HOME ON THE RANGE | TSLN.com

HOME ON THE RANGE

Rhonda Sedgwick Stearns
for Tri-State Livestock News

While Cort Sheer came in a close second in the tie-breaker with Wade Sundell for a commemorative rifle, technically the two bronc riders and traveling buddies split the championship title for the bronc match hosted by Home on the Range youth ranch. Photo by Robin Blankenship

The dream of one kindly priest, brought to fruition by one generous farm couple in 1950 has blossomed like a wild rose on the North Dakota prairies. At the time Mr. & Mrs. Edward Leviens read about Father Elwood E. Cassedy's dream to assist disadvantaged and troubled boys, and donated their 950 acre ranch toward that cause, none of them could've imagined the impressive facility and successful program it has grown into.

The Home on the Range mission statement is: "Providing a Catholic home to strengthen children and families today for a successful tomorrow." Father William Fahnlander shared that dream, and came alongside Father Cassedy in 1955, as the program outgrew one man's energy and time. He became Superintendent soon after Father Cassedy's passing in 1959, and was busy imagining, planning, and giving life to new facets of Home on the Range right up until he died in 2001.

Assistance for young teenage girls was incorporated into the mix in 1990. Young people in need of assistance and guidance come to Home on the Range from across North Dakota, as well as any state in the union, pending the application process. They might stay a short time, or up to eight months before returning home. Employees fall in love with the place and the people and tend to stay much longer – some have been there three decades.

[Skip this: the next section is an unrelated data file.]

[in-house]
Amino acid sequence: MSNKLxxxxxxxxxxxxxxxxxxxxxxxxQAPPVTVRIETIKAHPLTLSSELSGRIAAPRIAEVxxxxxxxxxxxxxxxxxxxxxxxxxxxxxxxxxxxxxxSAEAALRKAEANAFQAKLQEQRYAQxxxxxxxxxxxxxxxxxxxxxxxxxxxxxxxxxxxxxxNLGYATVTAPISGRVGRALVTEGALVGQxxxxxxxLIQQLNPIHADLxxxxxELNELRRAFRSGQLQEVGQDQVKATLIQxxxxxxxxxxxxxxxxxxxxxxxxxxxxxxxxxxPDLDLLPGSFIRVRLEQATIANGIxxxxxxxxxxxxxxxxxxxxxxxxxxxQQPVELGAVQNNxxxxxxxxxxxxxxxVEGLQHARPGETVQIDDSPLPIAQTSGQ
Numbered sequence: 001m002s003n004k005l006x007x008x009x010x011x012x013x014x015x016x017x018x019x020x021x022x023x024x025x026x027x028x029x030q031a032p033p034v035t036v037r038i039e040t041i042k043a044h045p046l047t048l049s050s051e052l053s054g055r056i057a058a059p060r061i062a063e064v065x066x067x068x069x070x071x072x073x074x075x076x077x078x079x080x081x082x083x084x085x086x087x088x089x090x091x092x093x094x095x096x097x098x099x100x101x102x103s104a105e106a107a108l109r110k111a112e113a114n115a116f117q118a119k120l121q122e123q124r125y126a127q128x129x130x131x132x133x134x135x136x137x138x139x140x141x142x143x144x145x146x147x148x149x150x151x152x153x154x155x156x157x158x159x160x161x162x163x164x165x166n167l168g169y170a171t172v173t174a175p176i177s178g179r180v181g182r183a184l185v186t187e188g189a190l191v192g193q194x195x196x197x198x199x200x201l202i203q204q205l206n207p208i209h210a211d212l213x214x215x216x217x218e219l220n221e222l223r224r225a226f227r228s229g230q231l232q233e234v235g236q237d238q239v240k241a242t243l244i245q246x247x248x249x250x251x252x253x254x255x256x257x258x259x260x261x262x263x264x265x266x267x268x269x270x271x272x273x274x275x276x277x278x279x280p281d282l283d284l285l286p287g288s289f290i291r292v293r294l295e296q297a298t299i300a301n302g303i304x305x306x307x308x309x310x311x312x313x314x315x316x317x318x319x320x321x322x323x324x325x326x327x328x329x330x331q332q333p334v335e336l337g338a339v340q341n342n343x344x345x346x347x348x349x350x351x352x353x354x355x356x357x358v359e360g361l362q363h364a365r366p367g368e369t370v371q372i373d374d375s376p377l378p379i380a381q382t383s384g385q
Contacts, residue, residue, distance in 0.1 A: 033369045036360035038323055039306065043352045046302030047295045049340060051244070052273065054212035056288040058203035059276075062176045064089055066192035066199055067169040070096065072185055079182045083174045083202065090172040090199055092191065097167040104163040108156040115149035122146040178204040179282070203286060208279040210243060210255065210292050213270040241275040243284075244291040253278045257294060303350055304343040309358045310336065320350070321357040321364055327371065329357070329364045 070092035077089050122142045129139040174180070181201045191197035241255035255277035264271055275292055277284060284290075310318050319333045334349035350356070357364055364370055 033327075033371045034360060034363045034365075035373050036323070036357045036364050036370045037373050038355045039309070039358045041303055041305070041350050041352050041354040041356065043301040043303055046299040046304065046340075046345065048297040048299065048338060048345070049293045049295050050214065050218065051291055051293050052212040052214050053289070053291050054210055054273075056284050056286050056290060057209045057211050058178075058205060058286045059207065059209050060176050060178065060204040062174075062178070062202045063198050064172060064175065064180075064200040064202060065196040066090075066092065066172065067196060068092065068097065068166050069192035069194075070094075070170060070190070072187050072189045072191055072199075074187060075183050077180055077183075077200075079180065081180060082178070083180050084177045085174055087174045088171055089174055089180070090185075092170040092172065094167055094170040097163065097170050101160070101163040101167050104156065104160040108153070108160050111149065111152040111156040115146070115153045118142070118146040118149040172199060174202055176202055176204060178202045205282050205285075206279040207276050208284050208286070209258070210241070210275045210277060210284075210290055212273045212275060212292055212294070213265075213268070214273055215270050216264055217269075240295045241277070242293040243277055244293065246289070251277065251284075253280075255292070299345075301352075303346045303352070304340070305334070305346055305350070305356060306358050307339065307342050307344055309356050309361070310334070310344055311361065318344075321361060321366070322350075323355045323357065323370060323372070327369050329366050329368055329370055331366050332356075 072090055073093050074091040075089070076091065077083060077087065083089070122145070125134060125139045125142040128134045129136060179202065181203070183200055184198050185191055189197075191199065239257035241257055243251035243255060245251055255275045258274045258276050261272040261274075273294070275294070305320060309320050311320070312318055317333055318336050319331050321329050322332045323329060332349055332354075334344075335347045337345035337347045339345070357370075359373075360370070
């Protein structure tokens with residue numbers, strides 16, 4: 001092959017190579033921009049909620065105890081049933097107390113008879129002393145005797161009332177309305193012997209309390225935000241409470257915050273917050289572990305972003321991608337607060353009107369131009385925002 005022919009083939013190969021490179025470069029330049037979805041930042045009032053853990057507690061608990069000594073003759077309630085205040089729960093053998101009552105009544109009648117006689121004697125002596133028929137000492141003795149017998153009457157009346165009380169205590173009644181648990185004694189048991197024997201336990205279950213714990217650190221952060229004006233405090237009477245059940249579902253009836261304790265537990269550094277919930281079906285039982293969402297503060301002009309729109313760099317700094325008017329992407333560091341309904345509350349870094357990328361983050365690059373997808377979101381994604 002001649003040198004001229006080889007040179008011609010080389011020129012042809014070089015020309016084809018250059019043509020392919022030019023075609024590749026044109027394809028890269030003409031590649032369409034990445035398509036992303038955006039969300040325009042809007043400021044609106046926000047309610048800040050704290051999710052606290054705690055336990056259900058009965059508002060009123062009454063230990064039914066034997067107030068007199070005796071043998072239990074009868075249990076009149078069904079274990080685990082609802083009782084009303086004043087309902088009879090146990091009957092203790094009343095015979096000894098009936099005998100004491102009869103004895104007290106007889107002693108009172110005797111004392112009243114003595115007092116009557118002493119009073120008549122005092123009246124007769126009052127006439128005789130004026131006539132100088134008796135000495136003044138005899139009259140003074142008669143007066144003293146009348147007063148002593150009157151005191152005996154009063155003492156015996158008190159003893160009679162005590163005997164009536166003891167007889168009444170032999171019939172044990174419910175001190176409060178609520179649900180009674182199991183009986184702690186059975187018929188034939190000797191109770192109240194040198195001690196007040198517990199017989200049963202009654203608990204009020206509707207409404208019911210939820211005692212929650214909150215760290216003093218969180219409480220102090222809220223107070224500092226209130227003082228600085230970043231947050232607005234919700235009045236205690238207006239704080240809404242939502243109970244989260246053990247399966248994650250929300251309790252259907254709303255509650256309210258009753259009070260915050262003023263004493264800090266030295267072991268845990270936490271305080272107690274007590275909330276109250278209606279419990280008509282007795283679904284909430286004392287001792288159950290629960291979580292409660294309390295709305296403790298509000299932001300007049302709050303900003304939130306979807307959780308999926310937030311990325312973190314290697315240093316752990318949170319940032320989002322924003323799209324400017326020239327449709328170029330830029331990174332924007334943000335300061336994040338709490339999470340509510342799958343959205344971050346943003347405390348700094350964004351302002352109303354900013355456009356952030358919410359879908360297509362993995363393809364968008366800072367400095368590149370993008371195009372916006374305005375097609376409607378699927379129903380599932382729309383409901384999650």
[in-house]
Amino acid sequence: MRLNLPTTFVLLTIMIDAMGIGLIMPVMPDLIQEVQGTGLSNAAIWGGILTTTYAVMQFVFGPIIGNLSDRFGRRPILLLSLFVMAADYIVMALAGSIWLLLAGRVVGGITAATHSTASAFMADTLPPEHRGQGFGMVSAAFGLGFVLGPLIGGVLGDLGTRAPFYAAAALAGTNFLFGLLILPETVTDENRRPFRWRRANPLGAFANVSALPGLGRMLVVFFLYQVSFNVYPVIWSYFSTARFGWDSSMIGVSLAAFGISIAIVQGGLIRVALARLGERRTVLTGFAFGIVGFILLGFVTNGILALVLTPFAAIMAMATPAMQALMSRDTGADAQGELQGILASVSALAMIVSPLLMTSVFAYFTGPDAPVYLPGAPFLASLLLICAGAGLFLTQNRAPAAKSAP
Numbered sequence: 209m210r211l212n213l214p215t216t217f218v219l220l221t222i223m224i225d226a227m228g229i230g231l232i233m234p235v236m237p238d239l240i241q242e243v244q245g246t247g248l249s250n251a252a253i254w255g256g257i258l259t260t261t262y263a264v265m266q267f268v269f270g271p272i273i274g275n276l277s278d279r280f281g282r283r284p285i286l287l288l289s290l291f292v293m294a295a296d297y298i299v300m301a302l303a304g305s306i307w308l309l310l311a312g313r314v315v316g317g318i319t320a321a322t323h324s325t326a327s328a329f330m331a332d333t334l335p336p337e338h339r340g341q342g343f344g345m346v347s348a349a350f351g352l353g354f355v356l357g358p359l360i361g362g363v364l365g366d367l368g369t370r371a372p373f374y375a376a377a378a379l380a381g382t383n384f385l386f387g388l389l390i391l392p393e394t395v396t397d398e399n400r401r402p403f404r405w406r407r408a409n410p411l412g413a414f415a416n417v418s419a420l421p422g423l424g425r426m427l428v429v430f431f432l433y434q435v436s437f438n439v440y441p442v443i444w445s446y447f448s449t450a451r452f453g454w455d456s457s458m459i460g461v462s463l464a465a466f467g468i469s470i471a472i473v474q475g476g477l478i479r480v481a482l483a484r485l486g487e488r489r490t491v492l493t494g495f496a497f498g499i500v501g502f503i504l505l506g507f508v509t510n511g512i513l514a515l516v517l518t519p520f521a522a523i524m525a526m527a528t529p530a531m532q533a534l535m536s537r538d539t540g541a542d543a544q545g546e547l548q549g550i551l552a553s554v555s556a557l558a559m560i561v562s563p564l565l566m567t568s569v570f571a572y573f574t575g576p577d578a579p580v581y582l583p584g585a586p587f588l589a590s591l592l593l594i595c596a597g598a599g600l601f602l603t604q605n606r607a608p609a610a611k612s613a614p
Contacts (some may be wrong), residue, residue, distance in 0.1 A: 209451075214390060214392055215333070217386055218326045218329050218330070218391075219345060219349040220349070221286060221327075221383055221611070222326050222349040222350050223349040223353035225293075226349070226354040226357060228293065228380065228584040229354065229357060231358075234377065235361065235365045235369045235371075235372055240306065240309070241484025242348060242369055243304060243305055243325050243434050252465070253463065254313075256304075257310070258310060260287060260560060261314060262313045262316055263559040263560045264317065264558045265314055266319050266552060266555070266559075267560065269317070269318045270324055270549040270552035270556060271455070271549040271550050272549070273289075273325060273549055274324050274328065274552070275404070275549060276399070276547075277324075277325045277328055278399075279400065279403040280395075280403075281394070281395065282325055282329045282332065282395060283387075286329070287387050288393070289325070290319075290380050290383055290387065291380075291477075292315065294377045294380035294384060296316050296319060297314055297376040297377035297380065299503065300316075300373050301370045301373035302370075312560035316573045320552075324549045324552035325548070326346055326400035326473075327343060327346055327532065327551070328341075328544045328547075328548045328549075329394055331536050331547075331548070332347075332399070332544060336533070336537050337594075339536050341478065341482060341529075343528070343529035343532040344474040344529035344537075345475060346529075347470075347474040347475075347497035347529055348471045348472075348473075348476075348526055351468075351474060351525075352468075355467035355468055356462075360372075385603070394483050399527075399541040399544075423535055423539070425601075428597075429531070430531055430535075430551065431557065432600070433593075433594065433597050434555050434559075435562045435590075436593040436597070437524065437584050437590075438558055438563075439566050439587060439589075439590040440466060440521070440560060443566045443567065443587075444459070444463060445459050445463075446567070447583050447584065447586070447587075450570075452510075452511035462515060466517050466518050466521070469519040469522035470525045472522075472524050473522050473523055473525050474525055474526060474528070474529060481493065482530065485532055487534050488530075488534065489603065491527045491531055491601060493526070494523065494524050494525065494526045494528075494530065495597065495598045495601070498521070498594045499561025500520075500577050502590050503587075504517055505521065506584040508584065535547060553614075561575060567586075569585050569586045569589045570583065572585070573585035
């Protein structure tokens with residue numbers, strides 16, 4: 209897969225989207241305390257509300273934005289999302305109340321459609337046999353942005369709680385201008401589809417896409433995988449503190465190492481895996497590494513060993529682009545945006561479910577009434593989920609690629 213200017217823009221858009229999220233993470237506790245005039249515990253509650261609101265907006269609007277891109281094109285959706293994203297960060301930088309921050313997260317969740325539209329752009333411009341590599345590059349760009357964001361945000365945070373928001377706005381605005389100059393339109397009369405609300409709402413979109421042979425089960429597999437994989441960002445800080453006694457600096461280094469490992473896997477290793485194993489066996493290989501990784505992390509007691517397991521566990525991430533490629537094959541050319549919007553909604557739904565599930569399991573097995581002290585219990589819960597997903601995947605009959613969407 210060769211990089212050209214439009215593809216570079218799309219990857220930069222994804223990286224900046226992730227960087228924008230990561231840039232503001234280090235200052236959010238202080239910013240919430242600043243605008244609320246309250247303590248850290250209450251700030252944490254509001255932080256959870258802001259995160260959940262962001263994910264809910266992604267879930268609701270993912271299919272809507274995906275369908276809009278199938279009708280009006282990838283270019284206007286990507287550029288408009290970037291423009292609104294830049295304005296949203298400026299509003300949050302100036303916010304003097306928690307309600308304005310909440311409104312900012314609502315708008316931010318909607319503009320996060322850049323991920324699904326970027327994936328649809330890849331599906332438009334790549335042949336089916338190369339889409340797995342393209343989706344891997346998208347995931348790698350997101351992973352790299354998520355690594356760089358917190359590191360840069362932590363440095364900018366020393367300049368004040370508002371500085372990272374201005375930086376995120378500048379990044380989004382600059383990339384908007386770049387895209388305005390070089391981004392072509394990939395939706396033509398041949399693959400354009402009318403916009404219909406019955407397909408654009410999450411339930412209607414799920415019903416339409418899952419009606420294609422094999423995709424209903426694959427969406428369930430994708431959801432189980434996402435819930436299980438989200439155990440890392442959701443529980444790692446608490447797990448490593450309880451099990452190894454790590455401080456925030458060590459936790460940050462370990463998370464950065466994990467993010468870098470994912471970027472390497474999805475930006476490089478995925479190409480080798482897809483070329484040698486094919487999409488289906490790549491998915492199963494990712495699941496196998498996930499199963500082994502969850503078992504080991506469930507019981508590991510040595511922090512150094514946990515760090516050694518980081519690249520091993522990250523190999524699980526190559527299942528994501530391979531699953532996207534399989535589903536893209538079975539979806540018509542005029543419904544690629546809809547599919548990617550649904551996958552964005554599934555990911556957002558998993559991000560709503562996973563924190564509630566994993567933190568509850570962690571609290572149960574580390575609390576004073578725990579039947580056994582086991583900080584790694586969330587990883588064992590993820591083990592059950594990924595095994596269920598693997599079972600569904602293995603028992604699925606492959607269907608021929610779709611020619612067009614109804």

Jolene Obrigewitch, Development Director for the past six years, says,"There is a special magic here, when you see the difference you can make in kids."

“There were many obstacles to overcome. I couldn’t sleep for two nights after I heard we were sanctioned.”Gary Tescher, bronc match committee member

Home on the Range is reimbursed 75 percent through state funds, but Jolene sys, "We have to raise $1 or $2 million a year. We do this through the sale of our cattle, grants, wills, legacies, and fundraising events – of which the Ride of Champion's is our largest and most successful."

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To learn more or be a benefactor, go to http://www.hotrnd.com/ ; or phone 701-872-3745; email joleneo@hotrnd.com; or write Home On The Range, Sentinel Butte North Dakota; Jolene Obrigewitch, Development Director; 16351 I-94, Sentinel Butte, ND 58654

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